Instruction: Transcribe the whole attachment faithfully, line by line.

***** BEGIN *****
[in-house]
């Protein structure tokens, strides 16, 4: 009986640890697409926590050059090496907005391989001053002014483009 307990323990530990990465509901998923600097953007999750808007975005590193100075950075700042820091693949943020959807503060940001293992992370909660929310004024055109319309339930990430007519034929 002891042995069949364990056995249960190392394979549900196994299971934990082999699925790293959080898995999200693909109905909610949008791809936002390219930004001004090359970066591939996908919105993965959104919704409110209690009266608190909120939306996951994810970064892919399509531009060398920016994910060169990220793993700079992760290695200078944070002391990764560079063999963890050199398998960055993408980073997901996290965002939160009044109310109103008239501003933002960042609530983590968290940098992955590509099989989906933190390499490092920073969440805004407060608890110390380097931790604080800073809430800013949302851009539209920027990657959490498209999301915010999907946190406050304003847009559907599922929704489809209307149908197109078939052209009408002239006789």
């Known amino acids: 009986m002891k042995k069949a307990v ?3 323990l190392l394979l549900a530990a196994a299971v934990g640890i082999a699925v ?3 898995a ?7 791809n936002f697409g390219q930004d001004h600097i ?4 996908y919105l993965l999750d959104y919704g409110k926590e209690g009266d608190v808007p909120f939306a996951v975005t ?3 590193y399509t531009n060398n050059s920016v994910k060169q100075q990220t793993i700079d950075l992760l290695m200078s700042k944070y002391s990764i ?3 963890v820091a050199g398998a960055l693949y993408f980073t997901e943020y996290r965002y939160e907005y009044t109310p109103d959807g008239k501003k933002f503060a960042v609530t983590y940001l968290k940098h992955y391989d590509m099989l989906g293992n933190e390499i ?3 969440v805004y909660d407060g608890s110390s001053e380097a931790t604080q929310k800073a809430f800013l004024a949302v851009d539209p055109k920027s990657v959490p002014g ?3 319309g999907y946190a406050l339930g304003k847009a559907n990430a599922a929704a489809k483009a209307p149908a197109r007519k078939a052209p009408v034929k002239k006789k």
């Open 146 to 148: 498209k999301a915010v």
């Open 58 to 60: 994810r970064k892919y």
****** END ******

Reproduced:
[in-house]
């Protein structure tokens, strides 16, 4: 009986640890697409926590050059090496907005391989001053002014483009 307990323990530990990465509901998923600097953007999750808007975005590193100075950075700042820091693949943020959807503060940001293992992370909660929310004024055109319309339930990430007519034929 002891042995069949364990056995249960190392394979549900196994299971934990082999699925790293959080898995999200693909109905909610949008791809936002390219930004001004090359970066591939996908919105993965959104919704409110209690009266608190909120939306996951994810970064892919399509531009060398920016994910060169990220793993700079992760290695200078944070002391990764560079063999963890050199398998960055993408980073997901996290965002939160009044109310109103008239501003933002960042609530983590968290940098992955590509099989989906933190390499490092920073969440805004407060608890110390380097931790604080800073809430800013949302851009539209920027990657959490498209999301915010999907946190406050304003847009559907599922929704489809209307149908197109078939052209009408002239006789």
């Known amino acids: 009986m002891k042995k069949a307990v ?3 323990l190392l394979l549900a530990a196994a299971v934990g640890i082999a699925v ?3 898995a ?7 791809n936002f697409g390219q930004d001004h600097i ?4 996908y919105l993965l999750d959104y919704g409110k926590e209690g009266d608190v808007p909120f939306a996951v975005t ?3 590193y399509t531009n060398n050059s920016v994910k060169q100075q990220t793993i700079d950075l992760l290695m200078s700042k944070y002391s990764i ?3 963890v820091a050199g398998a960055l693949y993408f980073t997901e943020y996290r965002y939160e907005y009044t109310p109103d959807g008239k501003k933002f503060a960042v609530t983590y940001l968290k940098h992955y391989d590509m099989l989906g293992n933190e390499i ?3 969440v805004y909660d407060g608890s110390s001053e380097a931790t604080q929310k800073a809430f800013l004024a949302v851009d539209p055109k920027s990657v959490p002014g ?3 319309g999907y946190a406050l339930g304003k847009a559907n990430a599922a929704a489809k483009a209307p149908a197109r007519k078939a052209p009408v034929k002239k006789k």
């Open 146 to 148: 498209k999301a915010v």
């Open 58 to 60: 994810r970064k892919y």